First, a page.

Beautiful Carole King Musical

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Beautiful: The Carole King Musical takes an insightful look at Carole King’s life alongside reproductions of some of her greatest hits.

Carole King wrote and sung some of pop’s most famous tracks, and this musical honors her in true, beautiful form. The musical has been warmly received on Broadway, earning a host of glowing reviews from critics and audiences. With a strong cast of actors and musicians, Beautiful is a memorable and touching retelling of King’s tumultuous life.

The musicals follows King’s career from its natural beginnings in Brooklyn, where King was pregnant seventeen-year-old married to Gerry Goffin, an older lyricist. It was during this time that King penned her first big success, the song “Will You Love Me Tomorrow”. As the 1960s begun, King found herself propelled towards success and producing some truly classic hits with Goffin. She and Goffin also formed a long-term friendship with Barry Mann and Cynthia Weil, also songwriters. When King decided to strike out on her own and produced a solo album, Tapestry, she created a musical best seller.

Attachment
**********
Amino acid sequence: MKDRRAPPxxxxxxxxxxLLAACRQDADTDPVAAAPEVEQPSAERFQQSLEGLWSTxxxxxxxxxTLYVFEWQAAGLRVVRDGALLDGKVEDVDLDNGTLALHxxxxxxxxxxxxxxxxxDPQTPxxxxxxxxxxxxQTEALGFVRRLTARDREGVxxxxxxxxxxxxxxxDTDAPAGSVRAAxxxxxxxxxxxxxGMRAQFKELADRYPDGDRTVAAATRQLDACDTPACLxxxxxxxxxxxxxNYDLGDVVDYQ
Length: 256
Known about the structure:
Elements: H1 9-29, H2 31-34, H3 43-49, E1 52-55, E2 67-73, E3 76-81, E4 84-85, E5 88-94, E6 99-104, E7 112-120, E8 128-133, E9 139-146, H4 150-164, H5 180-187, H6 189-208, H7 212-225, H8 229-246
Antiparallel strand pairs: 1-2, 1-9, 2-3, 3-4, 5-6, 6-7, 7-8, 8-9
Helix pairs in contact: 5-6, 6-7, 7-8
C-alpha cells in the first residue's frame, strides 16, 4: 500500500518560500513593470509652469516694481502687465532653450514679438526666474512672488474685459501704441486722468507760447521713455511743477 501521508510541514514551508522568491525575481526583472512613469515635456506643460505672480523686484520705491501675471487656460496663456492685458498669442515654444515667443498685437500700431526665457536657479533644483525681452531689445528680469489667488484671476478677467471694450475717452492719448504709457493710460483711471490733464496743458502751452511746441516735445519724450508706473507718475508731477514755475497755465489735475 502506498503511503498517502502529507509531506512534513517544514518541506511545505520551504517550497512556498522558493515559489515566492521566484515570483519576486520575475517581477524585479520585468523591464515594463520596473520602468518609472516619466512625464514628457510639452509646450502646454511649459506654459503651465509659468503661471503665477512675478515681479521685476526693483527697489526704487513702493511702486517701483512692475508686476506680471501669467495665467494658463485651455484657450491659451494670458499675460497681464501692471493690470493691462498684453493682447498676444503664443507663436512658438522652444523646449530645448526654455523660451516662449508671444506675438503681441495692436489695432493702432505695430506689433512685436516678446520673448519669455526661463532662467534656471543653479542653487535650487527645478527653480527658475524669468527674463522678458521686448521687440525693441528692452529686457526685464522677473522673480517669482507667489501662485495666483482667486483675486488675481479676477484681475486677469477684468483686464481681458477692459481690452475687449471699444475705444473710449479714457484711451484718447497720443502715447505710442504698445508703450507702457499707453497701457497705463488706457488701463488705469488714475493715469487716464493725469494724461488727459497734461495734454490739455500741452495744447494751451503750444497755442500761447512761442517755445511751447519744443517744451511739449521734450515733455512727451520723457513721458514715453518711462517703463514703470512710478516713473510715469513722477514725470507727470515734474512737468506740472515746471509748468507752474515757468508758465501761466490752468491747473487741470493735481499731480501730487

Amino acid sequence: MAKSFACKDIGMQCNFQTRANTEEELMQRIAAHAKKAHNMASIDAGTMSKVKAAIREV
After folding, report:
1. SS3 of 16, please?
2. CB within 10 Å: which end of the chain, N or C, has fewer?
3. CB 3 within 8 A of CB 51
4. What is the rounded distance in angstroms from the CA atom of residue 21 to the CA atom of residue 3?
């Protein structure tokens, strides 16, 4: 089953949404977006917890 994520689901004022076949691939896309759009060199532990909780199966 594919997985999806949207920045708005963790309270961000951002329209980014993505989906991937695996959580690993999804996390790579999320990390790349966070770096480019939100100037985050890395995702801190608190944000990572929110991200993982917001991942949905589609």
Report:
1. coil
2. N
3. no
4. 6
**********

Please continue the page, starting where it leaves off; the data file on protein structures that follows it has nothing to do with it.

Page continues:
Beautiful: The Carole King musical features some of the talented chanteuse’s greatest hits. From “Natural Woman” and “Up on the Roof” to “You’ve Got A Friend”, Beautiful will warm the audience’s hearts as the music plays on. The sounds of the sixties are a familiar fixture on Broadway but Beautiful presents them in a particularly loving and well-recreated manner. Moreover, while the show skirts around Goffin’s drug use, it portrays his nervous breakdown and unfaithfulness to King. The result is a stark production that makes the most of King’s story and music, producing a truly beautiful show.

Beautiful Carole King Broadway Musical

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Beautiful Carole King Musical NYC

Theater: Stephen Sondheim Theatre
Duration: 2 hours 20 minutes (1 intermission)
Starring: Chilina Kennedy, Jake Epstein, Jessica Kennan Wynn

Beautiful Musical – Act I